There are many ideas being tossed around on how we should address the reduction of carbon footprints around the world, which would benefit our environment and hopefully have an impact on global warming. One such idea in the U.S. is to develop  more and better mass transportation systems in some of the larger and mid-sized cities which would get more vehicles off the road.


However, it seems to me that the government does not seem to want to take an active role -- at least in the mid-sized cities. In Columbia, South Carolina, where I work, there were some groups as long as 30 years ago pushing for a light rail or other type mass transportation system. This idea received very little traction. Recently, the government has committed approximately $1.6B to primarily upgrade one major intersection into the city and add additional lanes on some of the interstates. It does not seem that much thought was given to mass transportation to reduce the number of vehicles on the road. I know that there is a great need to fix roads and bridges around the country, but wonder how much effort is being done to actually reduce the number of vehicles on the road.



Another suggestion is to have utility companies charge a base for a homeowners’ energy bills -- whatever is deemed average for an average-sized home. The government would then add a surcharge for each homeowner that exceeded that consumption. For example, if an average-sized home was something like 2,400 square feet and its consumption was 800 kwh per month, a surcharge would be added for consumption over that amount, which could be increasingly higher the greater the baseline was exceeded. For obvious reasons, as attractive as this might sound to reduce the carbon footprint of a residential home, I don’t think this idea will garner interest among government officials or the utility companies. A parallel idea was one where a demand charge was added to the residential bill. This might have a similar effect on a homeowner’s carbon footprint, and I imagine would receive a similar response to the energy surcharge.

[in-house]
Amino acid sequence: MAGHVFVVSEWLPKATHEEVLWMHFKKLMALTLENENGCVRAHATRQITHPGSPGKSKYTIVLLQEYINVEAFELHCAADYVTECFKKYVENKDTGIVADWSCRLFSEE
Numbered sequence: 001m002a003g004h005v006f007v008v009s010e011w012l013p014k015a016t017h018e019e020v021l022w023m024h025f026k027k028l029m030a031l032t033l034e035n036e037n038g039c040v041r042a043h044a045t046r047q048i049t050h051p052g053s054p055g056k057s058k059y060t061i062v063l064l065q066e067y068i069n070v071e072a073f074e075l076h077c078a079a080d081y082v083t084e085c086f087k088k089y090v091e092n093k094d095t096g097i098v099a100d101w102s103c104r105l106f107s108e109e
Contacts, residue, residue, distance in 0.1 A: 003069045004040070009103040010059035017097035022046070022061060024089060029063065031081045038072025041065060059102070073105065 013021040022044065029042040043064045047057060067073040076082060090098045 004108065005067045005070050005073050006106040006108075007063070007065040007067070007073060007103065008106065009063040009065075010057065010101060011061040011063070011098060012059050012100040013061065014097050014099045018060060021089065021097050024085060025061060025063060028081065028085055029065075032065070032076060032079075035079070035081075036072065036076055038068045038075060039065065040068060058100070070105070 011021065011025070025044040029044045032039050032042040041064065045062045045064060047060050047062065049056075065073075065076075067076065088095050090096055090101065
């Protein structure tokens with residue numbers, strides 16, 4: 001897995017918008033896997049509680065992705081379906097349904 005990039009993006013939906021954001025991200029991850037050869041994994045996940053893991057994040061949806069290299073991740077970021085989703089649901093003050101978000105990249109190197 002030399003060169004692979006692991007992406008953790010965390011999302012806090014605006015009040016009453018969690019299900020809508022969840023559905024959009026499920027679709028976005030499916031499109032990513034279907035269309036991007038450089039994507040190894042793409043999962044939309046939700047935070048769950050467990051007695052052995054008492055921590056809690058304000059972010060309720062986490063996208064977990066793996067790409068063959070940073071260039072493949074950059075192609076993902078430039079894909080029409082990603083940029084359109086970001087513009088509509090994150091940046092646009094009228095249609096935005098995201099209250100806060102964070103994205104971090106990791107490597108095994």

What we have now in the U.S. and most parts of the world is a lot of interest and ideas on how to address our carbon footprint to reduce global warming. While we cannot dictate to the rest of the world what we think needs to be done, we can certainly lead by example if we want to take those necessary steps. It seems to me that if we look where we should be in the future, we need to start coming together now and discuss the best ways to move forward. These are difficult issues potentially impacting all of our lives. We are creatures of comfort and generally don’t like drastic changes to our lifestyles. We may not have to make drastic changes, but if we are going to address this issue, some changes need to be made and they need to be made soon, instead of being put on hold for future generations to tackle.


Author Bio:

Dan Reider is a contributing writer at Highbrow Magazine and a mechanical engineer based in Columbia, South Carolina.


For Highbrow Magazine


Image Sources:

--Chris Boutillier (Pexels, Creative Commons)

--Lara Jameson (Pexels, Creative Commons)

--Mike (Pexels, Creative Commons)

--Tommaso Sansone (Wikimedia, Creative Commons)